In a letter from June 16, 1918, Bixby describes driving an ambulance in the midst of an attack that started the day before and (as he states in later letters) lasted for eight days. It was written from “somewhere on the Piave” in Italy. Here is a selection from Bixby’s letter:
“The anticipated attack started yesterday morning about 1 A.M. I have been on the go every minute and have had about 6 hrs. sleep in the last 48. I am well and safe but have certainly seen the thick of it. . . . I have a machine now so we all have to be on duty as it is a night and day affair. . . . I can see shrapnel bursting from my window and believe me it is not the most pleasant of sounds.”
In later letters, Bixby describes his work throughout the following months and his role in the “grand advance” at the end of the war. See more posts about Willard W. Bixby’s life as a Red Cross ambulance driver in the World War I Daybook blog!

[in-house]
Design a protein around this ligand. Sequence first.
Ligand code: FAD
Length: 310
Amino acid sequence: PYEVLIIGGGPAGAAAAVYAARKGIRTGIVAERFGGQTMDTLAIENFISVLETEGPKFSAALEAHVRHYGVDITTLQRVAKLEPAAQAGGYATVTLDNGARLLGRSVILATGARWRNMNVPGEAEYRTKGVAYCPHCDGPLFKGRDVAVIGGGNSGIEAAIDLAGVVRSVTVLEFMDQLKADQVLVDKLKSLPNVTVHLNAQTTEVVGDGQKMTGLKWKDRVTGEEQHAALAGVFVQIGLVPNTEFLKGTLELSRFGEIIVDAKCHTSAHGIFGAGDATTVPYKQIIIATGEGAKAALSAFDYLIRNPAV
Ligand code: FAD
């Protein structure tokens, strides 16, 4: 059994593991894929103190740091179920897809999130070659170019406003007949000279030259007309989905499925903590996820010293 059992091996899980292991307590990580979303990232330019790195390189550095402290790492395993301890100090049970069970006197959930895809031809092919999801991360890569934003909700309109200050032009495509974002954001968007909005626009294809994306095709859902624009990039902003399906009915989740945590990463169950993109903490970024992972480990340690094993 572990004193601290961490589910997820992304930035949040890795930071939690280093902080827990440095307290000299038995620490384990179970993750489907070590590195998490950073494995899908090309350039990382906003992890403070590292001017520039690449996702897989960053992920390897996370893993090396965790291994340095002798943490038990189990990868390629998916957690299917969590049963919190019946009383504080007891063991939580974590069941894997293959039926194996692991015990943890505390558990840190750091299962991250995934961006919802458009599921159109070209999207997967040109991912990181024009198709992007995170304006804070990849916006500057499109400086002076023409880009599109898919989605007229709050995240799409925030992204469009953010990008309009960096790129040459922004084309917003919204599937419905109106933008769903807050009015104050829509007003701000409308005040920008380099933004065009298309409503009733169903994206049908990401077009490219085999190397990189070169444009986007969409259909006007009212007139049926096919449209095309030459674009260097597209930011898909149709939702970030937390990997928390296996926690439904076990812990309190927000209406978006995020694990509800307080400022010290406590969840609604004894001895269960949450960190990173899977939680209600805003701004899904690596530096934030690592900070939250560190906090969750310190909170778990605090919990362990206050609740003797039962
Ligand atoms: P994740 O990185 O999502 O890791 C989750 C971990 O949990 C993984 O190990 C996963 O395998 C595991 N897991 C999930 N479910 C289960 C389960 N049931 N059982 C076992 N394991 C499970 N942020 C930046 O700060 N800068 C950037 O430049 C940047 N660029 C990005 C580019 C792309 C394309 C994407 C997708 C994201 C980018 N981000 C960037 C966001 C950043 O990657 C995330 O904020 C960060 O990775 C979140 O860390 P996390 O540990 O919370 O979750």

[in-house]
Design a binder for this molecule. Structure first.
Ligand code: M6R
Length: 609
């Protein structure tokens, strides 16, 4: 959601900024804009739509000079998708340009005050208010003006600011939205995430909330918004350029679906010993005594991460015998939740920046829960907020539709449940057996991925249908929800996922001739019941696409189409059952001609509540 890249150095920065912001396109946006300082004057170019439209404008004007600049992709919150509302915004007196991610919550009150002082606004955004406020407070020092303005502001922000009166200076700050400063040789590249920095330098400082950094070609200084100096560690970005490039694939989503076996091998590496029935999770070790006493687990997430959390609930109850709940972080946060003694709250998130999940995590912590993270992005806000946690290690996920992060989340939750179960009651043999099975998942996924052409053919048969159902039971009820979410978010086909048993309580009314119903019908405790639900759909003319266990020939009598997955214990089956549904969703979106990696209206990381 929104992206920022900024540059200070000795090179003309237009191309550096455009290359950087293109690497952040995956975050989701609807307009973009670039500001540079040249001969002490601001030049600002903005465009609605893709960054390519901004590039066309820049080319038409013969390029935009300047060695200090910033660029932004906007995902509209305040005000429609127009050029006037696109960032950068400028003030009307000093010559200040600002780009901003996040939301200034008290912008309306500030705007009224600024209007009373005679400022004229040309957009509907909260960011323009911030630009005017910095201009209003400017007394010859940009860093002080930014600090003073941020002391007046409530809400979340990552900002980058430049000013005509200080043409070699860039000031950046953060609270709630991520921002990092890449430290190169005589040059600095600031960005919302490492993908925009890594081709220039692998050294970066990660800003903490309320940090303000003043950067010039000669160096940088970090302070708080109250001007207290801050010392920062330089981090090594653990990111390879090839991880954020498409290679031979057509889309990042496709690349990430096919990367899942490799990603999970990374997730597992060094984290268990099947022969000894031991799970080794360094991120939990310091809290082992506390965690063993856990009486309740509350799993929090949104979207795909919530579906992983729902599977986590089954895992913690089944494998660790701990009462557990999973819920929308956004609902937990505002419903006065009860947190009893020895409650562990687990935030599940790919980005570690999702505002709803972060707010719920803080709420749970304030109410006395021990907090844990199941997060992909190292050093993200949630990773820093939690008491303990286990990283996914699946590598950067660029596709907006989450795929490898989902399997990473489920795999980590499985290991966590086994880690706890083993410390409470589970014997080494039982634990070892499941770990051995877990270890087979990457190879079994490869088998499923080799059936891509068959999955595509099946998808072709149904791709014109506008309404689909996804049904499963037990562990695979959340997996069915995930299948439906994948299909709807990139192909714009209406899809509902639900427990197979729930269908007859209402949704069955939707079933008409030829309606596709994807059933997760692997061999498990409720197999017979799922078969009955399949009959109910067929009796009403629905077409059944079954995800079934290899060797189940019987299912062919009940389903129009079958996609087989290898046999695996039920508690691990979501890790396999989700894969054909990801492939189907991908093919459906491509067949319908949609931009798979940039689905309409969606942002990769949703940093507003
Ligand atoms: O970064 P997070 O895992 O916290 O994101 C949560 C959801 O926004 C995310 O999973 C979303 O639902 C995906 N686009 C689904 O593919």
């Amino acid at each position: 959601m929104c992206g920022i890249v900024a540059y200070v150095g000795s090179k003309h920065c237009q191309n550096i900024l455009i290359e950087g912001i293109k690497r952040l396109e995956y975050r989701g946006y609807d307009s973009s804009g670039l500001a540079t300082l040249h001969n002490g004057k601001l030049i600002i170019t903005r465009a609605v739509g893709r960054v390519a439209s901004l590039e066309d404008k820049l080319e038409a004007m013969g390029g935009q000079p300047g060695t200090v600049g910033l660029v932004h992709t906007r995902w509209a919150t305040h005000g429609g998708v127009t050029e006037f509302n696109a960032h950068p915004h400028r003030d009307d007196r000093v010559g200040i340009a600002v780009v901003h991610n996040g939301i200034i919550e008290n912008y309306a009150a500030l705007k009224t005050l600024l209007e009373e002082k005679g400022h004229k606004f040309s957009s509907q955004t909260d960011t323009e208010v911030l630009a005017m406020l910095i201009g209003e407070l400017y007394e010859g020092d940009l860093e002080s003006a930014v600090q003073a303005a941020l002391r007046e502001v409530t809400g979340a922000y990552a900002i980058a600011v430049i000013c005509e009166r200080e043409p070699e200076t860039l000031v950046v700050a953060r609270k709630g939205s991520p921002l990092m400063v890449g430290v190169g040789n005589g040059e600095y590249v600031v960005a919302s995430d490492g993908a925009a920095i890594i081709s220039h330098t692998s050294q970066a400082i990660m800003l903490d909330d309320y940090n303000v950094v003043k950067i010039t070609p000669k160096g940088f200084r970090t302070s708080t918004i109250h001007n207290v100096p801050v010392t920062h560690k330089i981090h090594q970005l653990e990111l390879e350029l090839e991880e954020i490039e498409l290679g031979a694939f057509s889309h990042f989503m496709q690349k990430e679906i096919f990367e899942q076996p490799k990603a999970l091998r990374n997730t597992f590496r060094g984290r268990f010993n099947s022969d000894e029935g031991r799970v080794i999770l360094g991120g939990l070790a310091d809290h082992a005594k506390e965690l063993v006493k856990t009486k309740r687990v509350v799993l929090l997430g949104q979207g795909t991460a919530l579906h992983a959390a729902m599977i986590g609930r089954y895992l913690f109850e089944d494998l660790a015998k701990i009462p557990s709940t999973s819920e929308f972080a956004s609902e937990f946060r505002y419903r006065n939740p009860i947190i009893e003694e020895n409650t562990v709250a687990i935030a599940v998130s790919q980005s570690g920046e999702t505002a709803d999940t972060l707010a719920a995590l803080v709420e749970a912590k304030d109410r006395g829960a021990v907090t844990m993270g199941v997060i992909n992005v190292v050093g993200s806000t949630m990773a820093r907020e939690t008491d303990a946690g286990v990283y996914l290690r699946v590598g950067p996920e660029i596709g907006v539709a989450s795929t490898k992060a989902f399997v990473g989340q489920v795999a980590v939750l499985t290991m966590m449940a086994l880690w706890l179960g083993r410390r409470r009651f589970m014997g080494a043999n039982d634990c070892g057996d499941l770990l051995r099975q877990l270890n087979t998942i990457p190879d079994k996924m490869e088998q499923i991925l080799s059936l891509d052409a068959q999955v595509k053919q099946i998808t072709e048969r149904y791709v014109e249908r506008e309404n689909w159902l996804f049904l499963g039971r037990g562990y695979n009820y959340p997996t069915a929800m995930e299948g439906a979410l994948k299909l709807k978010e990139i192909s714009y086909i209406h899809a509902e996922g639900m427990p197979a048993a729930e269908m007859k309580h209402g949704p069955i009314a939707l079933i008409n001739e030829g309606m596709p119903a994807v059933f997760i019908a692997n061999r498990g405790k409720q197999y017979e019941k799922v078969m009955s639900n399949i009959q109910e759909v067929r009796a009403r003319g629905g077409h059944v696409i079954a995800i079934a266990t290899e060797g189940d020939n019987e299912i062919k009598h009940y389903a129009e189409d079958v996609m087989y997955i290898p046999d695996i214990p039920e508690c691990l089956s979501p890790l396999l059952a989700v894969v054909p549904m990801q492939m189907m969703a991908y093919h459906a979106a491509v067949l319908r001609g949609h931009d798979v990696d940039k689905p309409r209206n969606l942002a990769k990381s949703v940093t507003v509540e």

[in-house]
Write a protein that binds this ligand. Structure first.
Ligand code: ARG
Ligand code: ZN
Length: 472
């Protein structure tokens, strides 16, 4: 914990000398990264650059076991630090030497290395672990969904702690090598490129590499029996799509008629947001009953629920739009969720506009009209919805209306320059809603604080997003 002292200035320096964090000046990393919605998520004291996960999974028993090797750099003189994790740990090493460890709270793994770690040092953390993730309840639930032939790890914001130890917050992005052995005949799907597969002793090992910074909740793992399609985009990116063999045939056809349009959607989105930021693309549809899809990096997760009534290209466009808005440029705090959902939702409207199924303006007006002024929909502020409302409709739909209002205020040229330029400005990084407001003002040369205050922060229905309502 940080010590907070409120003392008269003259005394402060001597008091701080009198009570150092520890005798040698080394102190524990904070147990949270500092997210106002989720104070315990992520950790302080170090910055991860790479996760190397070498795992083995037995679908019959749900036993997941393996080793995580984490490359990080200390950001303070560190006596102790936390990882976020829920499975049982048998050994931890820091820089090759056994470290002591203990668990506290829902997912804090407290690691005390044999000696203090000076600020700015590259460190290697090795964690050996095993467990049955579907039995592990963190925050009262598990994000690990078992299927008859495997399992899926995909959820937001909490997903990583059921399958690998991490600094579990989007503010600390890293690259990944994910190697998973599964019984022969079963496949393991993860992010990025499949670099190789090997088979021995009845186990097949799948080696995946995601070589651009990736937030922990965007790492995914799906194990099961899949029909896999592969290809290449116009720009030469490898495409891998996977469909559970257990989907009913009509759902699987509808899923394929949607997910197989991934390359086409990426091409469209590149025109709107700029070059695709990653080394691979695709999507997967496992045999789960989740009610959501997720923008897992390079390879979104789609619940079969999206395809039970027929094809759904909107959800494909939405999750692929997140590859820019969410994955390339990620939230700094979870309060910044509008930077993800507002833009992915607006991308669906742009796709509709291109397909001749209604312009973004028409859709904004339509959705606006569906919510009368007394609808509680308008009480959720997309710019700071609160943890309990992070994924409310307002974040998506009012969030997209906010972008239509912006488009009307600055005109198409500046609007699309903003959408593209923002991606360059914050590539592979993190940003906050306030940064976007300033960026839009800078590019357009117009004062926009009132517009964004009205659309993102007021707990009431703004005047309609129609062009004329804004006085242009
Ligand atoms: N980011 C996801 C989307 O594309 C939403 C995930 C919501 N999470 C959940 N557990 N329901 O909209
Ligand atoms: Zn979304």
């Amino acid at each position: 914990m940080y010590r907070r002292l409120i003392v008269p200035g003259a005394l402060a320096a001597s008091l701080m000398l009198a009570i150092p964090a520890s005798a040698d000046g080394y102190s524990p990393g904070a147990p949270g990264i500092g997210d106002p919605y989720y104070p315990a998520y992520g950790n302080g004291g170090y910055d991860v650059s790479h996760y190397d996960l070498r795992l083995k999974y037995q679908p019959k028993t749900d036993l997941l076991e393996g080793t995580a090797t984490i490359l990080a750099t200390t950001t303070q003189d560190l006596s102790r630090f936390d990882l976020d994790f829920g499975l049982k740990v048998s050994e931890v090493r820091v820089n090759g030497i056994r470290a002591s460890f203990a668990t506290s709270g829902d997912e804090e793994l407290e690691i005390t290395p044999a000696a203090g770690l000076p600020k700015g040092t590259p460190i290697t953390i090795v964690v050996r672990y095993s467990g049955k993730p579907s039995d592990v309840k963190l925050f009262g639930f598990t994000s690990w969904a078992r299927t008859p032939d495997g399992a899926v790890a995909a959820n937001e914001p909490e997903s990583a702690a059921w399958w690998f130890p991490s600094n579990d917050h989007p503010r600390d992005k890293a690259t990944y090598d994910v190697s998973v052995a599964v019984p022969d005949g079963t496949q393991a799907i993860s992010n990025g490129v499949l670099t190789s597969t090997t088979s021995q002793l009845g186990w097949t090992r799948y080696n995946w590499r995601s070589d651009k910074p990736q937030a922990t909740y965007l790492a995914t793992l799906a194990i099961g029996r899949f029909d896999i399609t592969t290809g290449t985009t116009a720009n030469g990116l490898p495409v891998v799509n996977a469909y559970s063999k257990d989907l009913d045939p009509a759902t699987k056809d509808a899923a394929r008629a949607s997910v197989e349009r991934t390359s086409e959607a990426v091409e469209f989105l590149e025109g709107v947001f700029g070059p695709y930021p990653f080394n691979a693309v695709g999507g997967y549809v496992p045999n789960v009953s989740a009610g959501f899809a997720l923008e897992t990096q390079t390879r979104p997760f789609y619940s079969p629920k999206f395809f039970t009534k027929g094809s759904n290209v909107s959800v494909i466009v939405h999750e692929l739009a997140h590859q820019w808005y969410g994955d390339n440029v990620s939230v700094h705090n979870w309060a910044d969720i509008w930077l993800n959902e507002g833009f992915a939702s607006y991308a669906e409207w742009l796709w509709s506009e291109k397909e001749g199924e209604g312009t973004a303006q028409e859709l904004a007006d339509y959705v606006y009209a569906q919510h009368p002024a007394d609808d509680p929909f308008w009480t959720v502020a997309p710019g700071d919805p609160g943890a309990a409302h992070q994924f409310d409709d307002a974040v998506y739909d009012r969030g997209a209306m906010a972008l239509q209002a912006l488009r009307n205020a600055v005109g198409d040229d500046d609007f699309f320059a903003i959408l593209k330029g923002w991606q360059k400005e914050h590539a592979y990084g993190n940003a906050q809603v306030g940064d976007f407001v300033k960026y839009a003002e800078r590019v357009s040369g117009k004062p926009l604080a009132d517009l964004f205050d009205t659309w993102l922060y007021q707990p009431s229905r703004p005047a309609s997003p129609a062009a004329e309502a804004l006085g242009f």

These are two types of ambulances driven by the Red Cross ambulance men. This photo is captioned, “The Fiats carry twice as many wounded as do the Fords. The contrast in size is plainly to be seen here.”
Citation: Willard W. Bixby and Family Papers. Minnesota Historical Society, St. Paul, Minnesota. [A/.B624]
Don’t forget to check out the World War I Daybook when the blog launches in April 2017 and keep up to date with the research process blog posts until then!
Lisa Matson, World War I Daybook Intern